Sterling currency is the currency used in the UK and the Federated Kingdom of Great Britain and the Isles (Caroline Era), and until decimalisation consisted of pounds, shillings and pence. It was also used in the former British-claimed territories in Ireland after the reunification of the Republic in 1993 for two years, but in the form of Northern Irish currency rather than the dominant English form. Similar arrangements took place in Scotland, Wales, Cornwall and the Isles.

Notes and Coins

Until the last year of the Elizabethan Era, English decimal coinage consisted of half pence and denominations of 1p, 2p in copper, 5p, 10p and 50p in silver. The 20p piece was introduced at that point. This was short-lived and only issued for 1982, though it remained technically legal tender in England until the withdrawal of physical currency in 2008. At the KIng's coronation, new issues of all coins were released except for the 20p. Instead of the 20p piece, a 25p piece also known as the Crown was reintroduced, and the pound coin was issued for the first time. As a result, the 20p piece is a collectors' item and also associated with the Thatcher government, of which it is seen as a symbol. There are no pound coins bearing the Queen's head and no pound notes bearing the King's portrait. Pound notes were withdrawn two years later.

A 30p coin known as the Angel was also introduced which is used as a touchpiece but was also in general circulation.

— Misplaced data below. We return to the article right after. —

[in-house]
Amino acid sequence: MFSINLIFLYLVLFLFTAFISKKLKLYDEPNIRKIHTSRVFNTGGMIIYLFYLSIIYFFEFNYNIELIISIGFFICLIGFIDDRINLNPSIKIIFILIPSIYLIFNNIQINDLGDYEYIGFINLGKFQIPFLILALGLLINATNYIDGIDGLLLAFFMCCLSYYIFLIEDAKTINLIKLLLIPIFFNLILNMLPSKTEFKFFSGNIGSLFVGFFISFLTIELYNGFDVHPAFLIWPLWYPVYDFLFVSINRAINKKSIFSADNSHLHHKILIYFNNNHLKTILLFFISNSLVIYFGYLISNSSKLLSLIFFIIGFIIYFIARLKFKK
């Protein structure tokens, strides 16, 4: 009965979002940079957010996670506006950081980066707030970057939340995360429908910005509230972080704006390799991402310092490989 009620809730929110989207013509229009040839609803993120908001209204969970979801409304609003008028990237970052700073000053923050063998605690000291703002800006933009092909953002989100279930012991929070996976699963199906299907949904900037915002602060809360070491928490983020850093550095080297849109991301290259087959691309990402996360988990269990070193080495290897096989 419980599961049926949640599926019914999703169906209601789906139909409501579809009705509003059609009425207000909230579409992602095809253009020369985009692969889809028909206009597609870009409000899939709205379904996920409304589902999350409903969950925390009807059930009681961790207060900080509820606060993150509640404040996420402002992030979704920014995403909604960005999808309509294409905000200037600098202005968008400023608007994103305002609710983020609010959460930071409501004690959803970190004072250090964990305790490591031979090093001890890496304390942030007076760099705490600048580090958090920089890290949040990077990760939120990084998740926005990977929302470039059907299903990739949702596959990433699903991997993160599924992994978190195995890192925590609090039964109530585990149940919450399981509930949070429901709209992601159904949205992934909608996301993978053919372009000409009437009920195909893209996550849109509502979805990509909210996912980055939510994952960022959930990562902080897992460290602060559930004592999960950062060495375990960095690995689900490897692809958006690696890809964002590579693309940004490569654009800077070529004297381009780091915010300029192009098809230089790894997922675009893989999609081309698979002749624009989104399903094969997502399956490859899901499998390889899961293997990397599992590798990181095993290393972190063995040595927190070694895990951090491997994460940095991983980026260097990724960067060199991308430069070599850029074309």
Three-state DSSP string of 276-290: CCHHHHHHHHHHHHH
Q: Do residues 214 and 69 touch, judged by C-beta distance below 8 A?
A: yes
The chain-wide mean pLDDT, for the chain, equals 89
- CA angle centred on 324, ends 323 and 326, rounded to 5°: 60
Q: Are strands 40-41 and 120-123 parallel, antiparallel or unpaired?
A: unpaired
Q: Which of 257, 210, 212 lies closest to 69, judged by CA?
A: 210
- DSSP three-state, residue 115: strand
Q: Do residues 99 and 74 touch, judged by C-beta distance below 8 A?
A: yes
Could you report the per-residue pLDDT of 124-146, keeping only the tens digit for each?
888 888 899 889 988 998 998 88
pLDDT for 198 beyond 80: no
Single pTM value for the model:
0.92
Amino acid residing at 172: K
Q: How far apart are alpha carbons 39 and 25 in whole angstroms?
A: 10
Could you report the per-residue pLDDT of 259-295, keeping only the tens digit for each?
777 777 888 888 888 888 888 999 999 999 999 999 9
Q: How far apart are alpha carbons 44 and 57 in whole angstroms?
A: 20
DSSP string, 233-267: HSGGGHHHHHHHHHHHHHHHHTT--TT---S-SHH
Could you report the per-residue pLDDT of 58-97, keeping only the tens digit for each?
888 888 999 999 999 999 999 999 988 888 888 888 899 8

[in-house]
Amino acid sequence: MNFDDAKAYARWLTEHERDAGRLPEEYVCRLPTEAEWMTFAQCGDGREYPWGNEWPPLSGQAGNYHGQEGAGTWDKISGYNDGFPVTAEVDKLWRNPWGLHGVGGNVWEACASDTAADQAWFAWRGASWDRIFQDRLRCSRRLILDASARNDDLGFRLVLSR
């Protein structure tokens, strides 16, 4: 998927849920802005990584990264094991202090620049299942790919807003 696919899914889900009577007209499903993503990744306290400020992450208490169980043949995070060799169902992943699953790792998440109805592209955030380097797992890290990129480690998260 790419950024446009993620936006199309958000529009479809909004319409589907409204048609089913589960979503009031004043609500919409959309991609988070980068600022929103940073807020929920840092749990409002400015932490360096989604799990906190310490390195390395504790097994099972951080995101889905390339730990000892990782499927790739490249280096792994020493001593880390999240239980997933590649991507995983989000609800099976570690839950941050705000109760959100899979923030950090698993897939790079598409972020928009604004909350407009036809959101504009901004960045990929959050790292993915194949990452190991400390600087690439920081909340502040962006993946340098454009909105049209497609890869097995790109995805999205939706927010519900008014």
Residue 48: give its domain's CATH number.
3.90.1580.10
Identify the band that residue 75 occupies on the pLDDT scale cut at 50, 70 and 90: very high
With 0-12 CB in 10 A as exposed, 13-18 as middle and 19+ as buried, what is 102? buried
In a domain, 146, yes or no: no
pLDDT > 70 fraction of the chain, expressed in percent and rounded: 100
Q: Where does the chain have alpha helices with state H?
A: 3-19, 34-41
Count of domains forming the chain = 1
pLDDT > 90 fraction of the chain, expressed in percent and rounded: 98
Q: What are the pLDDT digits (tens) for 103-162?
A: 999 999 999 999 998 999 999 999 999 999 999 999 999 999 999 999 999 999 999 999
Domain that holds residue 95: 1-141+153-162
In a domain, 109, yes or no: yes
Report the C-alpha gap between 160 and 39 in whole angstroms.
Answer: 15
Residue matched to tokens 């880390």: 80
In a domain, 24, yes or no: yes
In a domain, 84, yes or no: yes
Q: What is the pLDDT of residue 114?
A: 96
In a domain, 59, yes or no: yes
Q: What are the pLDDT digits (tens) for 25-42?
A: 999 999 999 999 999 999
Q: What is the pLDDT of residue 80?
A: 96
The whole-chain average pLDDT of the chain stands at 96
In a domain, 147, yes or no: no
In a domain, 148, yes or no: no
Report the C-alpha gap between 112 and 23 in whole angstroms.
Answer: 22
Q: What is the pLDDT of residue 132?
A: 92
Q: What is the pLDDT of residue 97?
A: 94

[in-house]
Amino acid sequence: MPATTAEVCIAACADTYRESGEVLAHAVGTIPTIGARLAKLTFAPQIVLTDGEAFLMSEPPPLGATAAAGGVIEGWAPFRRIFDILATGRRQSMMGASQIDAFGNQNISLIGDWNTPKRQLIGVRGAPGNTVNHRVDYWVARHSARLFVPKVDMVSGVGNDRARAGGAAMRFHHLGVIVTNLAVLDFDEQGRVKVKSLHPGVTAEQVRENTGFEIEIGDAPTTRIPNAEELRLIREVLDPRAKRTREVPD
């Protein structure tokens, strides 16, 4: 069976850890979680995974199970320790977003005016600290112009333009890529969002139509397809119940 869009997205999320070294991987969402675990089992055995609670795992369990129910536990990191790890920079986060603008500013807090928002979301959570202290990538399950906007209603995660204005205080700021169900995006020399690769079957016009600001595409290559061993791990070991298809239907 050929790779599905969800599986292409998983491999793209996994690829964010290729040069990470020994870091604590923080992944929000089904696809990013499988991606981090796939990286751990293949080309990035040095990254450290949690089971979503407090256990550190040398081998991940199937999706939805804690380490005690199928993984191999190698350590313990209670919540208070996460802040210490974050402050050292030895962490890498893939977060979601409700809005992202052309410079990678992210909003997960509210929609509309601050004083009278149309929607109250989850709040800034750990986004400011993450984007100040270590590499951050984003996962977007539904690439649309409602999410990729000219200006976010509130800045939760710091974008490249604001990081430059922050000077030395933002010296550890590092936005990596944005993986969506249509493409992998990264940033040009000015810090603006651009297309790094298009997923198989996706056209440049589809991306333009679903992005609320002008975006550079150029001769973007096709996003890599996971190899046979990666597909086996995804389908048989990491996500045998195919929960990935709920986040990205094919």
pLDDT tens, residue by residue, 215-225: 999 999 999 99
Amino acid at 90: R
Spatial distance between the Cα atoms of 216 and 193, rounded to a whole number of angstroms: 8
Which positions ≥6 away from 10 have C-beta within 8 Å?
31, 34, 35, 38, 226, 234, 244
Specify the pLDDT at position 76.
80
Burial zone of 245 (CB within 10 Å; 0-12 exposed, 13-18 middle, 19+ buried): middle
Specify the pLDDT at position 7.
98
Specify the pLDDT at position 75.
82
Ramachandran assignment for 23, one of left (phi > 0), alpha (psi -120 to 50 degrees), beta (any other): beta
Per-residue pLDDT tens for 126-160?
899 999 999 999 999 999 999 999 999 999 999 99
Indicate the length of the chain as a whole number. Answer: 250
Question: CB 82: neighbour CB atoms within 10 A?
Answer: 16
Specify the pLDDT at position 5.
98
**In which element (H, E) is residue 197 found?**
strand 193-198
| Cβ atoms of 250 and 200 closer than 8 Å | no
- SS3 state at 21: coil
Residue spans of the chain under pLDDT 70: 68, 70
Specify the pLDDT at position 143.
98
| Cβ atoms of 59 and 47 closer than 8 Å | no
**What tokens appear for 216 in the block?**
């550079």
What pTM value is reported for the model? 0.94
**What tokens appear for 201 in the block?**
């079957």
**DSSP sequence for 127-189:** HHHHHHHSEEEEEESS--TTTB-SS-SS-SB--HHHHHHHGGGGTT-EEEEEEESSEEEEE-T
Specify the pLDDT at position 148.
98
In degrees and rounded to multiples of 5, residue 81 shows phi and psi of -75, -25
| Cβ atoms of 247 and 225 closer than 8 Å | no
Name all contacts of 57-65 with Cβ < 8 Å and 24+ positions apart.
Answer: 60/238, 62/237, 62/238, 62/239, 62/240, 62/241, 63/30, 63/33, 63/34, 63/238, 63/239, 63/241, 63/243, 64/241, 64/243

With the increase in inflation after the election of the Healey government, it soon proved necessary to introduce a two pound and later a five pound coin. At the same time, the higher denomination paper notes were replaced by flexible plastic versions.

In 1993, the Scottish currency became independent of sterling and the Isles had currency for the first time. The "insular" currencies are considered very stable compared to the pound. Welsh and Cornish currency was also introduced.

Cash was finally officially discontinued in 2008 when it was entirely replaced by a virtual currency as in most other economies in the West. However, coins are still issued for commemorative purposes and as touchpieces, and are still used in the underground economy. The governments of the British Isles makes considerable efforts to prevent the latter and the existence of the touchpieces is another source of tension between the Crown and the parliaments for this reason.

Inflation and status

The strength of sterling has declined steadily since the end of the Thatcher government and it is no longer considered to be significant in the global financial markets because it is deeply afflicted by inflation.